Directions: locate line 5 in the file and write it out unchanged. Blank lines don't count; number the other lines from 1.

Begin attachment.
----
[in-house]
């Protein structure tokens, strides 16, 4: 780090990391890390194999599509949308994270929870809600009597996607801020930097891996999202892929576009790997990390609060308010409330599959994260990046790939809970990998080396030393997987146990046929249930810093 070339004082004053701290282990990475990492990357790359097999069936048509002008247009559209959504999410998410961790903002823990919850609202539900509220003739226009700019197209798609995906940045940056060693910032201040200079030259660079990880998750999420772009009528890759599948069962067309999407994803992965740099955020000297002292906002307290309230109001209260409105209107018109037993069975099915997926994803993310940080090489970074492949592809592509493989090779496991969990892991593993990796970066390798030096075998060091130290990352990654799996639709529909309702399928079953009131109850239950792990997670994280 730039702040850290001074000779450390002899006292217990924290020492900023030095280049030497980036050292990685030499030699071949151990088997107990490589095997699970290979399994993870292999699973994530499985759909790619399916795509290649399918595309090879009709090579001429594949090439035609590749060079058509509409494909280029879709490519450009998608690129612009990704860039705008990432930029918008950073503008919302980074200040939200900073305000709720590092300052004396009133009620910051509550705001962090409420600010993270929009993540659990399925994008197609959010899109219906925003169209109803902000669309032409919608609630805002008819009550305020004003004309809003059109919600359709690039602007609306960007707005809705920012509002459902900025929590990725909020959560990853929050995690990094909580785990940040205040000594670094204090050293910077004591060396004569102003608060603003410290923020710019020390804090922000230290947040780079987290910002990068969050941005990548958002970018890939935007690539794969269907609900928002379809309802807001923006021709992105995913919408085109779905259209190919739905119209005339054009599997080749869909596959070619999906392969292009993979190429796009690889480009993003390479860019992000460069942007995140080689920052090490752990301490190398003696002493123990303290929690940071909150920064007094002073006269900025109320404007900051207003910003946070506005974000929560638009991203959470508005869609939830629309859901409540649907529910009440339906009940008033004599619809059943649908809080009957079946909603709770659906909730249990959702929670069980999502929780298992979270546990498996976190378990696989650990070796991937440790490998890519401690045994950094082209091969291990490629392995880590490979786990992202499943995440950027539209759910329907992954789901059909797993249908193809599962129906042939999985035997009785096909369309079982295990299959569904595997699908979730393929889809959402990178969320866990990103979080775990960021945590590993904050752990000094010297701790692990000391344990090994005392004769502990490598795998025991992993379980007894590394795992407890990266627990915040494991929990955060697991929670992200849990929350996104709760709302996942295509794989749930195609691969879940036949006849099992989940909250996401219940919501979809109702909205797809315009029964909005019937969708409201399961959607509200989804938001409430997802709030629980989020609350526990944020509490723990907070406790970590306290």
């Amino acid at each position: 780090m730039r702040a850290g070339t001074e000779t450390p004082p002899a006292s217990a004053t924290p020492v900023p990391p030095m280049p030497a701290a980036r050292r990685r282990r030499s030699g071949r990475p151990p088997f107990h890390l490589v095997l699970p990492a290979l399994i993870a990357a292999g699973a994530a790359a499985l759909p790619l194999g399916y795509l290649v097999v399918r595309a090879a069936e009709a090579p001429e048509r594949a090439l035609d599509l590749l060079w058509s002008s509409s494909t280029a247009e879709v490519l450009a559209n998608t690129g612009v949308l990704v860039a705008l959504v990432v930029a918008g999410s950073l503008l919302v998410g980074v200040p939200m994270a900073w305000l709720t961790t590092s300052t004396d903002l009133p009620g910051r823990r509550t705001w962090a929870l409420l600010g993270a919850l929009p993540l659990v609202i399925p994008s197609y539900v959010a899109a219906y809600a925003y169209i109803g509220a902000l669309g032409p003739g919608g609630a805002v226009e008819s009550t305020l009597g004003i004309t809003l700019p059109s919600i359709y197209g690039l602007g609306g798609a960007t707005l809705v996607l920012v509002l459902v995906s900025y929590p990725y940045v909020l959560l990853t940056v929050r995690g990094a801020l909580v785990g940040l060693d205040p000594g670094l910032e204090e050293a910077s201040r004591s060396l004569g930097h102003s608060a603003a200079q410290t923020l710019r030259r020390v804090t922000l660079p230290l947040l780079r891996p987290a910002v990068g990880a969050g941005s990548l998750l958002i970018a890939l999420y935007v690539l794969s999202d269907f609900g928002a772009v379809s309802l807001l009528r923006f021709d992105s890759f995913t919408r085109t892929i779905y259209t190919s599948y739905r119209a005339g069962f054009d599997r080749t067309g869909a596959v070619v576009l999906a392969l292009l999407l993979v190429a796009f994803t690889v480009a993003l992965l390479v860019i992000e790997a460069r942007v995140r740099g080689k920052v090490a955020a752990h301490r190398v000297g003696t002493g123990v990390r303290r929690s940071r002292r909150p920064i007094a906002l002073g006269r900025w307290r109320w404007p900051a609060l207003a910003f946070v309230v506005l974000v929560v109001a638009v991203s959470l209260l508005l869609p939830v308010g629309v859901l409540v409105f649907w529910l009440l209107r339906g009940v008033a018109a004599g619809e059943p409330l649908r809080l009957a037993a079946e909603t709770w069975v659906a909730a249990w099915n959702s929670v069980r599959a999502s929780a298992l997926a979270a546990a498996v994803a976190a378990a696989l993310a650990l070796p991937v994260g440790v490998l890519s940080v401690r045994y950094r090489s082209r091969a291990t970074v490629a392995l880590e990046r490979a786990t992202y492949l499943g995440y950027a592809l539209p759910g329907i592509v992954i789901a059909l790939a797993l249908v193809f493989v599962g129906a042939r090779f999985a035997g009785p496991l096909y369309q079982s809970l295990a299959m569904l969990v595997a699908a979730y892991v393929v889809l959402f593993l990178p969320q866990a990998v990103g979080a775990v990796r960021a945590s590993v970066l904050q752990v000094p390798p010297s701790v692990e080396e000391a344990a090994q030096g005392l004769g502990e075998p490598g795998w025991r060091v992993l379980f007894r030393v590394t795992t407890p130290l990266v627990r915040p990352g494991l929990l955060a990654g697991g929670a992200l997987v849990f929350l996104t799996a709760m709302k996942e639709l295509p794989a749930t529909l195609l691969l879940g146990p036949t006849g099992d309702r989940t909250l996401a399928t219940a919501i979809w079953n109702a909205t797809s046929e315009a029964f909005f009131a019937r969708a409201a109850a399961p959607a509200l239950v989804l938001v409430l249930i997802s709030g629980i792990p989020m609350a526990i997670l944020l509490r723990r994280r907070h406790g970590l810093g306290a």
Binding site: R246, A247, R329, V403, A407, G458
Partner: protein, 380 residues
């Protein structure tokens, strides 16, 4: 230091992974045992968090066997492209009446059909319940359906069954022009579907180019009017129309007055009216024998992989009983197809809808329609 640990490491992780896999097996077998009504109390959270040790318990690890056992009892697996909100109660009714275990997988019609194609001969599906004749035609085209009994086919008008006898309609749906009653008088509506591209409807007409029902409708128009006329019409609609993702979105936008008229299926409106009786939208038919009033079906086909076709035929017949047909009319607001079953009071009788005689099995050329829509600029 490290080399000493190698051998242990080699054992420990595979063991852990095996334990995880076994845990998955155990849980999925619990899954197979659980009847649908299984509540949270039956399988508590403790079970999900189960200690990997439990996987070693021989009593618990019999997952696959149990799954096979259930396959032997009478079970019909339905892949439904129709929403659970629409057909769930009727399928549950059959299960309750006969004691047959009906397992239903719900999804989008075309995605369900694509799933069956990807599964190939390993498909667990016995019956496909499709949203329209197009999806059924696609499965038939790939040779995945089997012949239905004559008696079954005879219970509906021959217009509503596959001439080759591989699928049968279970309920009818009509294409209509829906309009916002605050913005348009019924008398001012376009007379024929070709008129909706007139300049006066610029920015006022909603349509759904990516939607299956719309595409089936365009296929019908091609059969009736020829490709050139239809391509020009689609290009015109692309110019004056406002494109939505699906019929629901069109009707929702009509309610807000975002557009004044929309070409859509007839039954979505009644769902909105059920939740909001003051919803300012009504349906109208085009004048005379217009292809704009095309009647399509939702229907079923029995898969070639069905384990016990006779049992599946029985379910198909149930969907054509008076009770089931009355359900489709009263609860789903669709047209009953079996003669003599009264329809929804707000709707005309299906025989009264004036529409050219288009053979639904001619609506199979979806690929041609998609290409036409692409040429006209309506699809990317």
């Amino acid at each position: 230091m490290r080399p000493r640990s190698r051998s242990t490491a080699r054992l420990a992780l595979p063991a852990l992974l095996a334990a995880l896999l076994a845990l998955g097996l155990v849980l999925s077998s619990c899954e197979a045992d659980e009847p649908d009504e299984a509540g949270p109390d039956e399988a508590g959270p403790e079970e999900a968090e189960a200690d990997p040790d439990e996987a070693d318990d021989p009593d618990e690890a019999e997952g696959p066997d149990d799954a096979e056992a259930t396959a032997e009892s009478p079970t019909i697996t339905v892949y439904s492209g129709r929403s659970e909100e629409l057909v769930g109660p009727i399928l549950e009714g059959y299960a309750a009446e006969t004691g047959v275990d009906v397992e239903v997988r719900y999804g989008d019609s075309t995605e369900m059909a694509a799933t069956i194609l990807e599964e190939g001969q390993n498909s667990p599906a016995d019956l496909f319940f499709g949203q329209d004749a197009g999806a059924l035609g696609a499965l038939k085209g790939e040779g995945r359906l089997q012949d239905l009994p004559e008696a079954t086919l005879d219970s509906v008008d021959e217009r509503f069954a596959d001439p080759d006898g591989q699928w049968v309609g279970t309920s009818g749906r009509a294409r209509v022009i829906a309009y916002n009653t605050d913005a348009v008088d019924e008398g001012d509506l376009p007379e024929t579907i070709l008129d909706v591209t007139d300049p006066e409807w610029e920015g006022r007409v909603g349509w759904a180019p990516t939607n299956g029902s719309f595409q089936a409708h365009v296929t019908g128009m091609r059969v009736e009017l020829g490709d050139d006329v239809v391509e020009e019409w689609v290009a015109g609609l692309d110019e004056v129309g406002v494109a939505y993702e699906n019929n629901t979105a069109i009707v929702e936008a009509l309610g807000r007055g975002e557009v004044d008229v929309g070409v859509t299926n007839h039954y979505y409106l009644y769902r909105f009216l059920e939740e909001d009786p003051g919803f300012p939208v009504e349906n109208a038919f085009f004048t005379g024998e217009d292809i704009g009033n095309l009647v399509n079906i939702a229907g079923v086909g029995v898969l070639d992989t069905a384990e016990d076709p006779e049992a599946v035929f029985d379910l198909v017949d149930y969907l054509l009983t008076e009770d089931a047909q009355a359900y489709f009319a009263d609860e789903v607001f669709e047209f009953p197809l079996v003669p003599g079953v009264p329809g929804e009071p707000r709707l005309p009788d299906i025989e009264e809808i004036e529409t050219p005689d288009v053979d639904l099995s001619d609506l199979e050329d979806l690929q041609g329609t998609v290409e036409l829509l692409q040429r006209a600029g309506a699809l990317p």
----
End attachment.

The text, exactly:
Partner: protein, 380 residues